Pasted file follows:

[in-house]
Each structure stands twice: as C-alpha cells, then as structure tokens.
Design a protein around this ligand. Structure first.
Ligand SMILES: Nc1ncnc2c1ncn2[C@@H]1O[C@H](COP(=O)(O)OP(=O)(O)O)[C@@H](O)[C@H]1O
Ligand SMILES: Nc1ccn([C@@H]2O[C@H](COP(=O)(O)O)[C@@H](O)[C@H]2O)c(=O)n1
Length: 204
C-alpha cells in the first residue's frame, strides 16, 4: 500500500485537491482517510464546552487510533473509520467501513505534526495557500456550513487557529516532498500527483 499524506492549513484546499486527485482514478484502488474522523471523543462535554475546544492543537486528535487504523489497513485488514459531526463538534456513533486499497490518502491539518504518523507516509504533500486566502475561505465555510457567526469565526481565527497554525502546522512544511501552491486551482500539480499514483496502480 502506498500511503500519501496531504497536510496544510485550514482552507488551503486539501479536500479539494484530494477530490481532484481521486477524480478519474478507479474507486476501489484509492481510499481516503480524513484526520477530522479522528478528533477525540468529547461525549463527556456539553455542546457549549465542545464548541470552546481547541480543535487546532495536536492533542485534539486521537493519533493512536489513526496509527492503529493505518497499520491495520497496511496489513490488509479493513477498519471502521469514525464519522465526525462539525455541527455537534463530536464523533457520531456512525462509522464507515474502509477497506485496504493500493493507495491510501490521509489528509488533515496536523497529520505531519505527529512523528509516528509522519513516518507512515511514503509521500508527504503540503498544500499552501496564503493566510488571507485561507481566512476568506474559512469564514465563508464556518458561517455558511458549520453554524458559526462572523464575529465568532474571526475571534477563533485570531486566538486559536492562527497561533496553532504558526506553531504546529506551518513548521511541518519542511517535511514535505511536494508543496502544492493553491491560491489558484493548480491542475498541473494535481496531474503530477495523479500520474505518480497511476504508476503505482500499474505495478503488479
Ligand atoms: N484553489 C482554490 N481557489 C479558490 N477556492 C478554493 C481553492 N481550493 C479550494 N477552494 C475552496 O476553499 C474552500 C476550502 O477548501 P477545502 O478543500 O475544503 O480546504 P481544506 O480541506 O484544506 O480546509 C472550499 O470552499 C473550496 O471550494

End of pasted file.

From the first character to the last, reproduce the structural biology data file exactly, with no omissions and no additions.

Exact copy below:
[in-house]
Each structure stands twice: as C-alpha cells, then as structure tokens.
Design a protein around this ligand. Structure first.
Ligand SMILES: Nc1ncnc2c1ncn2[C@@H]1O[C@H](COP(=O)(O)OP(=O)(O)O)[C@@H](O)[C@H]1O
Ligand SMILES: Nc1ccn([C@@H]2O[C@H](COP(=O)(O)O)[C@@H](O)[C@H]2O)c(=O)n1
Length: 204
C-alpha cells in the first residue's frame, strides 16, 4: 500500500485537491482517510464546552487510533473509520467501513505534526495557500456550513487557529516532498500527483 499524506492549513484546499486527485482514478484502488474522523471523543462535554475546544492543537486528535487504523489497513485488514459531526463538534456513533486499497490518502491539518504518523507516509504533500486566502475561505465555510457567526469565526481565527497554525502546522512544511501552491486551482500539480499514483496502480 502506498500511503500519501496531504497536510496544510485550514482552507488551503486539501479536500479539494484530494477530490481532484481521486477524480478519474478507479474507486476501489484509492481510499481516503480524513484526520477530522479522528478528533477525540468529547461525549463527556456539553455542546457549549465542545464548541470552546481547541480543535487546532495536536492533542485534539486521537493519533493512536489513526496509527492503529493505518497499520491495520497496511496489513490488509479493513477498519471502521469514525464519522465526525462539525455541527455537534463530536464523533457520531456512525462509522464507515474502509477497506485496504493500493493507495491510501490521509489528509488533515496536523497529520505531519505527529512523528509516528509522519513516518507512515511514503509521500508527504503540503498544500499552501496564503493566510488571507485561507481566512476568506474559512469564514465563508464556518458561517455558511458549520453554524458559526462572523464575529465568532474571526475571534477563533485570531486566538486559536492562527497561533496553532504558526506553531504546529506551518513548521511541518519542511517535511514535505511536494508543496502544492493553491491560491489558484493548480491542475498541473494535481496531474503530477495523479500520474505518480497511476504508476503505482500499474505495478503488479
Ligand atoms: N484553489 C482554490 N481557489 C479558490 N477556492 C478554493 C481553492 N481550493 C479550494 N477552494 C475552496 O476553499 C474552500 C476550502 O477548501 P477545502 O478543500 O475544503 O480546504 P481544506 O480541506 O484544506 O480546509 C472550499 O470552499 C473550496 O471550494